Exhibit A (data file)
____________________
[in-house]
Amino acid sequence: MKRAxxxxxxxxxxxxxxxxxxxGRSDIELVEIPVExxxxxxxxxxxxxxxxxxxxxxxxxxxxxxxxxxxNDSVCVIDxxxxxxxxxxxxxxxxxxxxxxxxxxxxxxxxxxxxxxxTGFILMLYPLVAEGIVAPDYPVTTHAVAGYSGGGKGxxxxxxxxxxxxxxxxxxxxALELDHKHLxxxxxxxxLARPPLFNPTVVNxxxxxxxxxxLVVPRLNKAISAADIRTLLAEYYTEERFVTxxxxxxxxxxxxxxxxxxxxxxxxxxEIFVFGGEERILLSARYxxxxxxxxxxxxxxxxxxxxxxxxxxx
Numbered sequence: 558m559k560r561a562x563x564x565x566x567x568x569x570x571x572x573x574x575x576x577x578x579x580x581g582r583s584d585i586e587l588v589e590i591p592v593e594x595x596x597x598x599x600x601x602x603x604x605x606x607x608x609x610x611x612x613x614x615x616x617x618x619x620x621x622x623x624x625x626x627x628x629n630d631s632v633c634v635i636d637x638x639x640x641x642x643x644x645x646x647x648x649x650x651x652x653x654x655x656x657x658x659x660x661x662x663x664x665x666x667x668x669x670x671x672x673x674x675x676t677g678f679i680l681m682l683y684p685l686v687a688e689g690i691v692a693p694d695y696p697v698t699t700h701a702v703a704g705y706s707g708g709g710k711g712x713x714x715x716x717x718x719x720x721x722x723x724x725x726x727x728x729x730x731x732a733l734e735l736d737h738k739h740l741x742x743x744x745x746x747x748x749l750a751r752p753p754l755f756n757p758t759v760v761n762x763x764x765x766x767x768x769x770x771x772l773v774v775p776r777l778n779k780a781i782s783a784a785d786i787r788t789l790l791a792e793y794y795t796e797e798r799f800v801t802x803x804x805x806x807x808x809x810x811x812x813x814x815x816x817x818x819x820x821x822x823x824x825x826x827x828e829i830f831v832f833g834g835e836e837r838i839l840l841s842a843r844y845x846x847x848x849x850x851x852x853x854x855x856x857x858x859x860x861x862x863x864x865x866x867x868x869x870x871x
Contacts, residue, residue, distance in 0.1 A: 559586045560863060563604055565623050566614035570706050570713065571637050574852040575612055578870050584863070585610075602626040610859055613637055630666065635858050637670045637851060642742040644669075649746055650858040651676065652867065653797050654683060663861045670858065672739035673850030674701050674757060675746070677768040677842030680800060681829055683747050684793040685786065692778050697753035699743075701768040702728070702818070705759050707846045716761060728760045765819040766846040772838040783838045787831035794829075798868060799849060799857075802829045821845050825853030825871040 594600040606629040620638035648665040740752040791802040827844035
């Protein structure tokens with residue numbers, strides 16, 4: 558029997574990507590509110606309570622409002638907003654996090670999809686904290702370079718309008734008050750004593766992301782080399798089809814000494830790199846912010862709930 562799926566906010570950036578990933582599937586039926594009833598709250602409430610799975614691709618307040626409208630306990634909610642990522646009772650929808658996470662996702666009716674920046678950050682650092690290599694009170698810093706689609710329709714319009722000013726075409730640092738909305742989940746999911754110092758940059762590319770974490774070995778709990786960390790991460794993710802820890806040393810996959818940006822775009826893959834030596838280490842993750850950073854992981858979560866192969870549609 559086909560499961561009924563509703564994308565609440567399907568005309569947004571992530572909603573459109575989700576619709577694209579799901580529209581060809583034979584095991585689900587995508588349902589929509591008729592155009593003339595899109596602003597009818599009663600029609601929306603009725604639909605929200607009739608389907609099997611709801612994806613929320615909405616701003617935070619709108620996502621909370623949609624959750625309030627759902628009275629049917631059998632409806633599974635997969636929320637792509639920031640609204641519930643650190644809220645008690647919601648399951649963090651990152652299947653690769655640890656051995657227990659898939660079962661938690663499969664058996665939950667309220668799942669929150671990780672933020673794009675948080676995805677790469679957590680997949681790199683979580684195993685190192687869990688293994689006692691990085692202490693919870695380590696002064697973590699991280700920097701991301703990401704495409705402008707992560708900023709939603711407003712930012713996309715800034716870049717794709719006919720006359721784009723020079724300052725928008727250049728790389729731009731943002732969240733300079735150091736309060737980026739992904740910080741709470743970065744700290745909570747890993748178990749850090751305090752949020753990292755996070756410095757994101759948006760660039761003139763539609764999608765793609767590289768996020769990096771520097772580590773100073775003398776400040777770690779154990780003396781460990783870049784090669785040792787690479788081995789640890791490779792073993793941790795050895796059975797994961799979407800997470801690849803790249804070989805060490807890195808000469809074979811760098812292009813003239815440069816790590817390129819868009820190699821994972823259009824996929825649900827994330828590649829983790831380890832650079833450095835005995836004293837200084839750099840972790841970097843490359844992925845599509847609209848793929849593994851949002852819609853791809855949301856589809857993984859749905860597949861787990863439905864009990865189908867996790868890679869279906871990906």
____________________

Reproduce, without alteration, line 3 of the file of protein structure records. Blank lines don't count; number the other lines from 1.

Numbered sequence: 558m559k560r561a562x563x564x565x566x567x568x569x570x571x572x573x574x575x576x577x578x579x580x581g582r583s584d585i586e587l588v589e590i591p592v593e594x595x596x597x598x599x600x601x602x603x604x605x606x607x608x609x610x611x612x613x614x615x616x617x618x619x620x621x622x623x624x625x626x627x628x629n630d631s632v633c634v635i636d637x638x639x640x641x642x643x644x645x646x647x648x649x650x651x652x653x654x655x656x657x658x659x660x661x662x663x664x665x666x667x668x669x670x671x672x673x674x675x676t677g678f679i680l681m682l683y684p685l686v687a688e689g690i691v692a693p694d695y696p697v698t699t700h701a702v703a704g705y706s707g708g709g710k711g712x713x714x715x716x717x718x719x720x721x722x723x724x725x726x727x728x729x730x731x732a733l734e735l736d737h738k739h740l741x742x743x744x745x746x747x748x749l750a751r752p753p754l755f756n757p758t759v760v761n762x763x764x765x766x767x768x769x770x771x772l773v774v775p776r777l778n779k780a781i782s783a784a785d786i787r788t789l790l791a792e793y794y795t796e797e798r799f800v801t802x803x804x805x806x807x808x809x810x811x812x813x814x815x816x817x818x819x820x821x822x823x824x825x826x827x828e829i830f831v832f833g834g835e836e837r838i839l840l841s842a843r844y845x846x847x848x849x850x851x852x853x854x855x856x857x858x859x860x861x862x863x864x865x866x867x868x869x870x871x